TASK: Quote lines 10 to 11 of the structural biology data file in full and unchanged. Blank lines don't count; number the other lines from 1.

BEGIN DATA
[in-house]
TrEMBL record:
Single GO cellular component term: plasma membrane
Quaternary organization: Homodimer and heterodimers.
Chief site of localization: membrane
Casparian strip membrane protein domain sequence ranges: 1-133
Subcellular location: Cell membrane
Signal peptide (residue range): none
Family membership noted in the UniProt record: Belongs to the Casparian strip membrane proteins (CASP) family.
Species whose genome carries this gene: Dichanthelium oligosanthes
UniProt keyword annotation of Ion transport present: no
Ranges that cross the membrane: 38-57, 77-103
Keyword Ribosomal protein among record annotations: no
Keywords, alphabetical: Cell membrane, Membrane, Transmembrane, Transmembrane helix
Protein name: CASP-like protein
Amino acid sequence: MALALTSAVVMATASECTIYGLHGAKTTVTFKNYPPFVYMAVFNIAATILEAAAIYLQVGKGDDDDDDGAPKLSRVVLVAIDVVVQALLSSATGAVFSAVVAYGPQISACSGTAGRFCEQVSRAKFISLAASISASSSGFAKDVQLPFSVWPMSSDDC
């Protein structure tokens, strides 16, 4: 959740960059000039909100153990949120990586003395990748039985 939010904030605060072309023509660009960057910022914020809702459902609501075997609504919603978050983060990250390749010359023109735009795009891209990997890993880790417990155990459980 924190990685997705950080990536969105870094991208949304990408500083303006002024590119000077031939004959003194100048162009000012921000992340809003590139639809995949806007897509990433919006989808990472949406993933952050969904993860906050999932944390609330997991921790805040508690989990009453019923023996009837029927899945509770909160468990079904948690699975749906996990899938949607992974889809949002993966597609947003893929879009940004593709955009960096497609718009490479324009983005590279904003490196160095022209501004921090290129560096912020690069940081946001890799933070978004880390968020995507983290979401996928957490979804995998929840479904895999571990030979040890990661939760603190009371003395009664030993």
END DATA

Species whose genome carries this gene: Dichanthelium oligosanthes
UniProt keyword annotation of Ion transport present: no